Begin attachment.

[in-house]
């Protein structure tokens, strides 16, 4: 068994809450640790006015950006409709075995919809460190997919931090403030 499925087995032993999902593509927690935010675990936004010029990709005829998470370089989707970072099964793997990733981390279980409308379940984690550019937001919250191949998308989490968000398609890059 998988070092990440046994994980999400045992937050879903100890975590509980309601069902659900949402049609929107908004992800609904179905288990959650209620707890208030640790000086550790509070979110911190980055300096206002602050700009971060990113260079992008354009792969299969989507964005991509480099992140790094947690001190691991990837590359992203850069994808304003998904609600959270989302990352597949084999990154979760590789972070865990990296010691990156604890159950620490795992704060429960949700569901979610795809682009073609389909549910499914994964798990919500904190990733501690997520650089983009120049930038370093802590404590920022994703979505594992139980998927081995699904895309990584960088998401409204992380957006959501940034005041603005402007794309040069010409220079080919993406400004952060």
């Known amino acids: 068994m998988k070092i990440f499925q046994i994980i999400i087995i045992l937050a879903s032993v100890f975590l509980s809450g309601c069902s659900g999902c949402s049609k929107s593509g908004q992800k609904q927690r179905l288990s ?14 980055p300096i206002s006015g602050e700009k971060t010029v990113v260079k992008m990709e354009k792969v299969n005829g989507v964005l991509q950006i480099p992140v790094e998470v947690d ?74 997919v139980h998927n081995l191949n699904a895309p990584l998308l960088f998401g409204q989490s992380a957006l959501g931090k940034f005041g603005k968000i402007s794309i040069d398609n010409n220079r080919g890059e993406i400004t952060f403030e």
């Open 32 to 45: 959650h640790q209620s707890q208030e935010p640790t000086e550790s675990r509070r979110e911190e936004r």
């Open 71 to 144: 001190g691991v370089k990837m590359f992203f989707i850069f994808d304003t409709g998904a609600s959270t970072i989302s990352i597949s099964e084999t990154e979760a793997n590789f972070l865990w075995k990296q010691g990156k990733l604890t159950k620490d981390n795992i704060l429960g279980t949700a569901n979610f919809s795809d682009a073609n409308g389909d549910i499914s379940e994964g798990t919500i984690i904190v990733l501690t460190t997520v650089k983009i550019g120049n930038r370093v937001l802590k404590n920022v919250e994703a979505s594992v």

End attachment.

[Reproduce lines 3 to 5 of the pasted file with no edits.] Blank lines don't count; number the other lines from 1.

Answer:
């Known amino acids: 068994m998988k070092i990440f499925q046994i994980i999400i087995i045992l937050a879903s032993v100890f975590l509980s809450g309601c069902s659900g999902c949402s049609k929107s593509g908004q992800k609904q927690r179905l288990s ?14 980055p300096i206002s006015g602050e700009k971060t010029v990113v260079k992008m990709e354009k792969v299969n005829g989507v964005l991509q950006i480099p992140v790094e998470v947690d ?74 997919v139980h998927n081995l191949n699904a895309p990584l998308l960088f998401g409204q989490s992380a957006l959501g931090k940034f005041g603005k968000i402007s794309i040069d398609n010409n220079r080919g890059e993406i400004t952060f403030e």
């Open 32 to 45: 959650h640790q209620s707890q208030e935010p640790t000086e550790s675990r509070r979110e911190e936004r």
């Open 71 to 144: 001190g691991v370089k990837m590359f992203f989707i850069f994808d304003t409709g998904a609600s959270t970072i989302s990352i597949s099964e084999t990154e979760a793997n590789f972070l865990w075995k990296q010691g990156k990733l604890t159950k620490d981390n795992i704060l429960g279980t949700a569901n979610f919809s795809d682009a073609n409308g389909d549910i499914s379940e994964g798990t919500i984690i904190v990733l501690t460190t997520v650089k983009i550019g120049n930038r370093v937001l802590k404590n920022v919250e994703a979505s594992v």